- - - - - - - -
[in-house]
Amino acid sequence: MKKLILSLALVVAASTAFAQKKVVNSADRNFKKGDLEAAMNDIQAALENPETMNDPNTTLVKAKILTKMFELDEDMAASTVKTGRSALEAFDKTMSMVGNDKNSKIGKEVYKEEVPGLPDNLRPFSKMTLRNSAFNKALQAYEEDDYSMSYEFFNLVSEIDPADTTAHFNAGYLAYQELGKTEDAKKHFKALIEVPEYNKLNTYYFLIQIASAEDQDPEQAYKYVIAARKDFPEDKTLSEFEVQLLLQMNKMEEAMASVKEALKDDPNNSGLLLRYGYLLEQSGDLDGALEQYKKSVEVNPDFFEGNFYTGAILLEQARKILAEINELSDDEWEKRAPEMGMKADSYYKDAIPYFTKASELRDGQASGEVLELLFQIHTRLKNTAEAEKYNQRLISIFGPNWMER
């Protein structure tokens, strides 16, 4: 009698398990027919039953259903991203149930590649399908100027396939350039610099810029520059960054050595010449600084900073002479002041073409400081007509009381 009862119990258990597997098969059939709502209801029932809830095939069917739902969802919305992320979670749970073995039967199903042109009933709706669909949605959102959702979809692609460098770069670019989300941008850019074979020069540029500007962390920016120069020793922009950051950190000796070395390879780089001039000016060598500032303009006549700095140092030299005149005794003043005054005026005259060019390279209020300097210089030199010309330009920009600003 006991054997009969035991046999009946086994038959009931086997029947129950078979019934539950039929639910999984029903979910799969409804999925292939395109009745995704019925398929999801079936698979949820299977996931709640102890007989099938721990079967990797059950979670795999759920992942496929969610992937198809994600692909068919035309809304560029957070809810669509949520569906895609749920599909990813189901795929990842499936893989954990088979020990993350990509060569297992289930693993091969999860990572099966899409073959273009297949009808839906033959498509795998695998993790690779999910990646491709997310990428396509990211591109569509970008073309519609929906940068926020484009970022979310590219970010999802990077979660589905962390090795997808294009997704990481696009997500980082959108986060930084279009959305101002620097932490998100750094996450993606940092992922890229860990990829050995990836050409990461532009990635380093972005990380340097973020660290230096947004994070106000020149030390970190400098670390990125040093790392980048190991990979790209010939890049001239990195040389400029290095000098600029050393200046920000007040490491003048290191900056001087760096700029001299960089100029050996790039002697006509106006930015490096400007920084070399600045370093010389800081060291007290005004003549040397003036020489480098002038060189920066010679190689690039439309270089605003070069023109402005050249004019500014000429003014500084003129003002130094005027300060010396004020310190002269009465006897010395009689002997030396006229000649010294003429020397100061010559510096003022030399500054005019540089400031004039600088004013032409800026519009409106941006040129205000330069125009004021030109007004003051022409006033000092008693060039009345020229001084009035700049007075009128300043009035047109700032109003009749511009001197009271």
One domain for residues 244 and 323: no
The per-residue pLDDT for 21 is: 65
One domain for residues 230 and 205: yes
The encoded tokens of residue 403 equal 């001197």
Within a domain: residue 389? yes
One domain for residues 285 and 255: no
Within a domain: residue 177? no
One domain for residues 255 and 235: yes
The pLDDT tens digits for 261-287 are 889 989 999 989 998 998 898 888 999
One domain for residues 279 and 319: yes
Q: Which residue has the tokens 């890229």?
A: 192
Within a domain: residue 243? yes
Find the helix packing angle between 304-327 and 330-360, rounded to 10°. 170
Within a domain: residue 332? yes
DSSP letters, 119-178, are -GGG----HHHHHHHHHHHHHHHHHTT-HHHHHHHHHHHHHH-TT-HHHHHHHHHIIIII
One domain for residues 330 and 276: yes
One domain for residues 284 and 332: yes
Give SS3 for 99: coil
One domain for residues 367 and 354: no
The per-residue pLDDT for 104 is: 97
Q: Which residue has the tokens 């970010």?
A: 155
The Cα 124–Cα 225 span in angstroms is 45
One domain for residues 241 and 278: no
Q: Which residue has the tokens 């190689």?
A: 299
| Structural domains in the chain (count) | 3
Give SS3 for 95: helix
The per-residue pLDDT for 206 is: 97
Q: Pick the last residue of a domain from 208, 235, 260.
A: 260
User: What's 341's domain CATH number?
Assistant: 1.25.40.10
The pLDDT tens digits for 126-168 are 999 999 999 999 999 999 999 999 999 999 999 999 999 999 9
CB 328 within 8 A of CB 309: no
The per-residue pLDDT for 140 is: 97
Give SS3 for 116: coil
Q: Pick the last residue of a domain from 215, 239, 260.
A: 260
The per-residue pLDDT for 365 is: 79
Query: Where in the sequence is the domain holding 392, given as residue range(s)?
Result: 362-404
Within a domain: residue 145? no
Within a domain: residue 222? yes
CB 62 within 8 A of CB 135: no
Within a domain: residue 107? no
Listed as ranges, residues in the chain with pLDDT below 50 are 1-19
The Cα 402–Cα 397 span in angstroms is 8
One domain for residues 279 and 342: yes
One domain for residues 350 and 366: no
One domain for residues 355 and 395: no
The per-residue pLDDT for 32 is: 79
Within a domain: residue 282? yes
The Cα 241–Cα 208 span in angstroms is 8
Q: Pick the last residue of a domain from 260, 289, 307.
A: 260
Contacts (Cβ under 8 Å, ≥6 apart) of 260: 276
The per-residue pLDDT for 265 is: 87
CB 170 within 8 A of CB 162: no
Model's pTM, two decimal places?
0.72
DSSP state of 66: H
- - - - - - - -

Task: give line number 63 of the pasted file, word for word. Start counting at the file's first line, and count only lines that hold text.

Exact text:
CB 170 within 8 A of CB 162: no